Co-hosted by the Construction Management Committee of the Japan Society of Civil Engineers, the Vietnam Federation of Civil Engineering Association (VFCEA), and the University of Transport and Communications (UTC), the “International Joint Seminar on Appropriate Technology in Japanese ODA's Infrastructure Projects” was held on Thursday, March 25, 2021. While consideration was given to canceling the seminar due to the COVID-19 pandemic, both sides reached an agreement that we should definitely make the most of this opportunity and go ahead and hold the event. The other parties set up a venue at University of Transport and Communications, and it was decided that together we would hold an in-person and online “hybrid seminar” that would connect with the Japanese participants via Zoom. There were approximately 80 advanced resistrants for the joint seminar, and just over 60 people participated on the day. There were just over 30 attendees on the Vietnam side, meaning that combined attendees from both countries came to about 100 people.

This sub-committee (International Collaboration Sub-committee) has been studying the “introduction of user perspective in evaluations after official development assistance (ODA) projects.” In examining this subject, we realized the importance of examining the following two factors in order to take a closer look at this topic: [1] the differences in evaluation from the perspective of each entity (investor or user) and [2] the difference between generally adopted “standard technology” and “appropriate technology” suitable for the local conditions. Appropriate technology is defined here as technology that suits the environmental conditions that differ from country to country, such as natural conditions, construction circumstances, and maintenance capabilities. Appropriate technology in corresponding projects may differ from the “standard technology” used in Japan. In fact, various appropriate technologies have been devised and applied in Japan's ODA projects, but the lessons learned and findings of such ODA projects have not always been sufficiently analyzed, organized, and shared. That’s why this subcommittee, with Junji YOKOKURA (Yachiyo Engineering Co., Ltd.) and Hitoshi NINOMIYA (Toyo University) at the heart of proceedings, investigated case studies in which appropriate technologies were introduced in infrastructure development projects backed by Japanese ODA, analyzed and evaluated the risks associated with the selection of technologies and construction methods from the standpoints of both the donor and host countries, and conducted research to examine new technology evaluation methods.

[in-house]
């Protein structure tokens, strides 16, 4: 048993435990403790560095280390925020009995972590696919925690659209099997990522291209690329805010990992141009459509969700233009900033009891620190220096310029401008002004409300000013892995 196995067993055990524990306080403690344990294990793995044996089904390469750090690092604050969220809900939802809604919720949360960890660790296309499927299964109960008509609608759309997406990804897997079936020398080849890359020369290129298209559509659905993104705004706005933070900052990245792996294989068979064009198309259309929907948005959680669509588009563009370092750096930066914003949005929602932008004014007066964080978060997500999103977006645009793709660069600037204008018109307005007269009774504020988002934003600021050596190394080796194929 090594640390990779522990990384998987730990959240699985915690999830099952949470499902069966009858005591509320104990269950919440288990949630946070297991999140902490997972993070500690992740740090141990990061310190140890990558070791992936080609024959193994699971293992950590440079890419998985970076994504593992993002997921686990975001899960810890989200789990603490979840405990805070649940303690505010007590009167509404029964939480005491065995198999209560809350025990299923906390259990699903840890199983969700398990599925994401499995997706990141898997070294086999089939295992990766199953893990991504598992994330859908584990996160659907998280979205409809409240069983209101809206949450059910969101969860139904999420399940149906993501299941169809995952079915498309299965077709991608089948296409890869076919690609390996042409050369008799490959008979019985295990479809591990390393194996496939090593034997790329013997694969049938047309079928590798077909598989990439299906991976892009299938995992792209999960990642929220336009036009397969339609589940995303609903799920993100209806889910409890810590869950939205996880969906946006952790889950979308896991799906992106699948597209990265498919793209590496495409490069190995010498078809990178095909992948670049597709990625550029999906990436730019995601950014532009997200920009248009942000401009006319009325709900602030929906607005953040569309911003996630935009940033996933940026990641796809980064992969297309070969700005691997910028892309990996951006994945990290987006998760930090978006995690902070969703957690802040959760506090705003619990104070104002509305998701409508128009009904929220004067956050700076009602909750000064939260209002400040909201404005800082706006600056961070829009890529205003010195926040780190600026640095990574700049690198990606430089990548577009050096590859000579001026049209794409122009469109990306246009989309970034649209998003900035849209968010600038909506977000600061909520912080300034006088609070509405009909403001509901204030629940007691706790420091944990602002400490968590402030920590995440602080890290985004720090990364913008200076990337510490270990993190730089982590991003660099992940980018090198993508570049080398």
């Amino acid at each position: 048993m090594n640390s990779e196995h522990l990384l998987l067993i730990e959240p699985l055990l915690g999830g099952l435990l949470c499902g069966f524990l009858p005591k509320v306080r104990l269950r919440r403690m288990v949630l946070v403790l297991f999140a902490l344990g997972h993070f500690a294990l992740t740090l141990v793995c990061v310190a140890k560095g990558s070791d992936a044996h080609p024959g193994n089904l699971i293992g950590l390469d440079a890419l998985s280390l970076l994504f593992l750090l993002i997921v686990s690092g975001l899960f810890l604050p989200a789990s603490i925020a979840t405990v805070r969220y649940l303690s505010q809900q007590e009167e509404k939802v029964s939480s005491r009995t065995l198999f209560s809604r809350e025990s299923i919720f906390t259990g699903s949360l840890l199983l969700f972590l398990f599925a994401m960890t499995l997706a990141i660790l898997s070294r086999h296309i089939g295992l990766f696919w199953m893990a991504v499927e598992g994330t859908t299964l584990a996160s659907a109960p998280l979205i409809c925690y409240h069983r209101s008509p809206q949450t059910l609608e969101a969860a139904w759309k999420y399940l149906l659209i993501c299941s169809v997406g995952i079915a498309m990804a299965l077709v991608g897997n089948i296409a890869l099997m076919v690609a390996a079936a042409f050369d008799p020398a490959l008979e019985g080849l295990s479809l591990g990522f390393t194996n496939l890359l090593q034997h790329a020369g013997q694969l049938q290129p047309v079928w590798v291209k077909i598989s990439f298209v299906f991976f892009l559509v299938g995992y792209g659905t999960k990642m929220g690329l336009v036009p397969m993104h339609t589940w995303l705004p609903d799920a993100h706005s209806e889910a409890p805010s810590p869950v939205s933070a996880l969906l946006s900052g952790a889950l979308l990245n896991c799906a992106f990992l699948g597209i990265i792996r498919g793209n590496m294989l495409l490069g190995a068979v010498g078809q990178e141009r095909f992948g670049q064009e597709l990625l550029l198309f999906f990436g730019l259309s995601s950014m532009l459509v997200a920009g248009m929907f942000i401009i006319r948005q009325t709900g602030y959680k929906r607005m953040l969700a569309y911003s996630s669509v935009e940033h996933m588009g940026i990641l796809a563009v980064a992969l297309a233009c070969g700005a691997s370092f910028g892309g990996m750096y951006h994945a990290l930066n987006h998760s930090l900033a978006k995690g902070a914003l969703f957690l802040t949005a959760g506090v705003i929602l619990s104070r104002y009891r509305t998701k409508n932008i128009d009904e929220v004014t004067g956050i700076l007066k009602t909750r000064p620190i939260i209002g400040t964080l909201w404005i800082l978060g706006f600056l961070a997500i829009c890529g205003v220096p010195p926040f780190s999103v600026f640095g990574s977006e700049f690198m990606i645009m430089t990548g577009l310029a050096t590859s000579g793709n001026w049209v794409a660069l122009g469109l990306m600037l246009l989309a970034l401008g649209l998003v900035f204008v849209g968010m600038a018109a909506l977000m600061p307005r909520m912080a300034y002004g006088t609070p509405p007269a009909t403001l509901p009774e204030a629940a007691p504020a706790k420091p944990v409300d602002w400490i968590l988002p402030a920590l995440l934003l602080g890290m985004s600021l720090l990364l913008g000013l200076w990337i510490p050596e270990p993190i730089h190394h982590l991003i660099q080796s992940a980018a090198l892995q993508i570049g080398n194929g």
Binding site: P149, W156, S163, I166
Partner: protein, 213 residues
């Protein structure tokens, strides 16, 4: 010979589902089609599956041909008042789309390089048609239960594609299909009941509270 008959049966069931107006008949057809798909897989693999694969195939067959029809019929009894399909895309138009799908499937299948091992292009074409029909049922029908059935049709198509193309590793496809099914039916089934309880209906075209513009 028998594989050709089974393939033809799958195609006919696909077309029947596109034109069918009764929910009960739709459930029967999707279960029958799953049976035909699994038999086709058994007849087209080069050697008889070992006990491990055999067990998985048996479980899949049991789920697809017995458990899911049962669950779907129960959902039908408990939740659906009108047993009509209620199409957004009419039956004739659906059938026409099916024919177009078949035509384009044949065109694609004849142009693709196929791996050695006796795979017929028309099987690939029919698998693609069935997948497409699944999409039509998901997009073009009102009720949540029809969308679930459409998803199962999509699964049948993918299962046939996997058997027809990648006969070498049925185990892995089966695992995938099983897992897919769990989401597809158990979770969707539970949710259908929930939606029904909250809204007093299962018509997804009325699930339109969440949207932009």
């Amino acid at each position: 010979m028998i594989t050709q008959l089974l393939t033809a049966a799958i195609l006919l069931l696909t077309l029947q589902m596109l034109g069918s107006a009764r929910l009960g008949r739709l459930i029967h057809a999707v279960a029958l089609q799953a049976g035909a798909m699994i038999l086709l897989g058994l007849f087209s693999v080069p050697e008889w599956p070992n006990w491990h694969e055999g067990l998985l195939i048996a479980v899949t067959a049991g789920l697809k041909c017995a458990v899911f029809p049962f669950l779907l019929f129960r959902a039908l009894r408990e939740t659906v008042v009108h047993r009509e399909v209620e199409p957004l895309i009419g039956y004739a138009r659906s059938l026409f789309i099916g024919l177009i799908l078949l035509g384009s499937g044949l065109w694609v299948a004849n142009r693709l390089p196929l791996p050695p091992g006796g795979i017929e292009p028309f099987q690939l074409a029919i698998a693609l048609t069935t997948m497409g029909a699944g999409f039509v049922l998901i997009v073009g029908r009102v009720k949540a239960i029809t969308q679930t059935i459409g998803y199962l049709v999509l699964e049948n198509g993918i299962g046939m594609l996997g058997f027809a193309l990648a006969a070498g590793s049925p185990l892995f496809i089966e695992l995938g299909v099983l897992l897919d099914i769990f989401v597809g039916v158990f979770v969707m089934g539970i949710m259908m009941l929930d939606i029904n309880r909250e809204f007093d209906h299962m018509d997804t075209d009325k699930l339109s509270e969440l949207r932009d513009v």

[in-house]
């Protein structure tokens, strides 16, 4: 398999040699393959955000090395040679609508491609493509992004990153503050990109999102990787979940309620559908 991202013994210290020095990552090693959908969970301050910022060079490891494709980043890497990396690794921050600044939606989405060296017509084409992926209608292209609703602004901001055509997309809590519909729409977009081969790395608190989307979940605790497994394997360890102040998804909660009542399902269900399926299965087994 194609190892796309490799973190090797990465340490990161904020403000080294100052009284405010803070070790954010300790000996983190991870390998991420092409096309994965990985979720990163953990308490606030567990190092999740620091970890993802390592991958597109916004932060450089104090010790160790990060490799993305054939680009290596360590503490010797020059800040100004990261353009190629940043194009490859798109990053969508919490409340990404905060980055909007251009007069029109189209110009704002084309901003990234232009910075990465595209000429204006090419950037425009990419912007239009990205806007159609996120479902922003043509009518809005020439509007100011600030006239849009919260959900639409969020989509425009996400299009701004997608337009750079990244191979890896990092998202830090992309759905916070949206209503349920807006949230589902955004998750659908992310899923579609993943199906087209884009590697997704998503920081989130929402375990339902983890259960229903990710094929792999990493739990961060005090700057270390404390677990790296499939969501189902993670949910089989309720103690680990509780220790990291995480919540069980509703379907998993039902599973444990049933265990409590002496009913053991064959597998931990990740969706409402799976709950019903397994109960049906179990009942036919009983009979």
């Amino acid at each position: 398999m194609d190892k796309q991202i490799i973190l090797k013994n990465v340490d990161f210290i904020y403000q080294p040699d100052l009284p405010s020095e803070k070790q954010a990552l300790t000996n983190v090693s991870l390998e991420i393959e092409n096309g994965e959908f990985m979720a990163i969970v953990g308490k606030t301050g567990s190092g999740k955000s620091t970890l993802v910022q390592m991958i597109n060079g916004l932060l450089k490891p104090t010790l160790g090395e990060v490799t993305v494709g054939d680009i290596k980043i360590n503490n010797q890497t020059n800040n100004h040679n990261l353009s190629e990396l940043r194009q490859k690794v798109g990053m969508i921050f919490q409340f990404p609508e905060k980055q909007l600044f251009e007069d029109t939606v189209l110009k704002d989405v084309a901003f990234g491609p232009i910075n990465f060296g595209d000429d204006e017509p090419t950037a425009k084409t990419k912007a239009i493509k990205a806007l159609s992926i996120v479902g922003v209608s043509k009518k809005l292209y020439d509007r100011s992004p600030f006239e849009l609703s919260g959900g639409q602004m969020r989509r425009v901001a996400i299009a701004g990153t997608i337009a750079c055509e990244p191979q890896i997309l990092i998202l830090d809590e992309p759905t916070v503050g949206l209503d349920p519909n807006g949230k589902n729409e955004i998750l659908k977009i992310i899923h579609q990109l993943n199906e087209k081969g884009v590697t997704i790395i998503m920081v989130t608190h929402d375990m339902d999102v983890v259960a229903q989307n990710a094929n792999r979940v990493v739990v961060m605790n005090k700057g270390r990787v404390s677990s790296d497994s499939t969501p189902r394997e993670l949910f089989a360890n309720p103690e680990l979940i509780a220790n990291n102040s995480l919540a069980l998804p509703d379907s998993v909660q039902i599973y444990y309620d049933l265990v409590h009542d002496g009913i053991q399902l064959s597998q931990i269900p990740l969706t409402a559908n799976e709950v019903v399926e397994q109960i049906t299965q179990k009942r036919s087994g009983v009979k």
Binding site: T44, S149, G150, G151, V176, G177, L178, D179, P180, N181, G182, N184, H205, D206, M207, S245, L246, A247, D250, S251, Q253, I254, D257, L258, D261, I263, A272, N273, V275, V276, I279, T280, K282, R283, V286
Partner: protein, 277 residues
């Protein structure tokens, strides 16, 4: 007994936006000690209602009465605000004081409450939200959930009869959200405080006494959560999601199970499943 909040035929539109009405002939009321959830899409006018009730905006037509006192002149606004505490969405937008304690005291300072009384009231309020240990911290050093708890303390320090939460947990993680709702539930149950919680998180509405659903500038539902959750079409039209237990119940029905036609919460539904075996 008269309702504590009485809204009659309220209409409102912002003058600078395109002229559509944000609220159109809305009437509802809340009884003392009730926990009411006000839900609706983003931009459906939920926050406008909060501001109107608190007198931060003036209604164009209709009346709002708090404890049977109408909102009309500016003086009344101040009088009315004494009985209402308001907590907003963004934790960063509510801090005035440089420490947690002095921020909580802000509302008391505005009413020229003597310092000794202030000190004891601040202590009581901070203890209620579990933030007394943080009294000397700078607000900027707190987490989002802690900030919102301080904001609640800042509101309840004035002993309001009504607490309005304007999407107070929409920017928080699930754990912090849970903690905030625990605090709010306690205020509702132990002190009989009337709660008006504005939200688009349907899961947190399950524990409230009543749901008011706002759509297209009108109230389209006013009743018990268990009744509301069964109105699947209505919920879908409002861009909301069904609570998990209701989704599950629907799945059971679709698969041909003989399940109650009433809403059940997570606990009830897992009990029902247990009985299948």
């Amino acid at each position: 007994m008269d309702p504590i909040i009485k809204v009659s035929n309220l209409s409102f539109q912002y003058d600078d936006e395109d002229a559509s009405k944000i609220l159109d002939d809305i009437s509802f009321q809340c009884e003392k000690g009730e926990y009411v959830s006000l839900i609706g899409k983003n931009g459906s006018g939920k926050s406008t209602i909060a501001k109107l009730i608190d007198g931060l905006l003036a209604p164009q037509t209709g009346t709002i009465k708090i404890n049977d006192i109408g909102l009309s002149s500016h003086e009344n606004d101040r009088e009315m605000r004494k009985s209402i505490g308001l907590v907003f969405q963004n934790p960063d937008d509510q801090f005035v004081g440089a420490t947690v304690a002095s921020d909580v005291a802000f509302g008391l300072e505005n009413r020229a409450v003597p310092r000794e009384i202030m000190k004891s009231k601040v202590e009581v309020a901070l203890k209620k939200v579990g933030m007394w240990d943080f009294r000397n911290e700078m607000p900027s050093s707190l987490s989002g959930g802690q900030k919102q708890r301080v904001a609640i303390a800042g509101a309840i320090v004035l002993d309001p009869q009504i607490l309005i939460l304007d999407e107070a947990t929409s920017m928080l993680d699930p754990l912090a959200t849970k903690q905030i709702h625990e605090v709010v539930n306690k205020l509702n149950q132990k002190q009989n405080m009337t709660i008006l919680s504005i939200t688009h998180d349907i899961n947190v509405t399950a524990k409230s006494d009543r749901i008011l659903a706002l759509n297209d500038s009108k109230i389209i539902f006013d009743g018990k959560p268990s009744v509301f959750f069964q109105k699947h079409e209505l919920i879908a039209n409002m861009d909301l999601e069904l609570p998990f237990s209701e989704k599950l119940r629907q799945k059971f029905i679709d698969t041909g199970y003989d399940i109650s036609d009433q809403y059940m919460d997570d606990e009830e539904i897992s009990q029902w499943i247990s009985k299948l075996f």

The seminar featured six presentations, with “Fundamental Research on Evaluation Methodology of Appropriate Technology for Infrastructure Projects by Japan’s ODA (Dr. Junji YOKOKURA, Yachiyo Engineering Co., Ltd.)” and “Appropriate Technology & Global Competency (Dr. Lingling WANG, Utsunomiya University)” from the Japanese side, and “The issues of accessing ODA loan for the PPP (Public-Private Partnership) projects in Vietnam (Mr. Anh VU TUAN, Department of Infrastructure, Ministry of Transport)”, “Flood Disaster and Countermeasures in Vietnam (Associate Professor Thanh NGUYEN VIET, Transport and Communications University)”, “The issues of Special Terms for Economic Partnership (STEP) related to Japanese ODA transport projects (Mr. Tho DAO TRUONG, Thang Long Project Management Unit)”, “Some issues related to urban railway operation technology within ODA projects in Vietnam (Dr. Quy NGUYEN TIEN, Transport and Communications University)” from the Vietnamese side.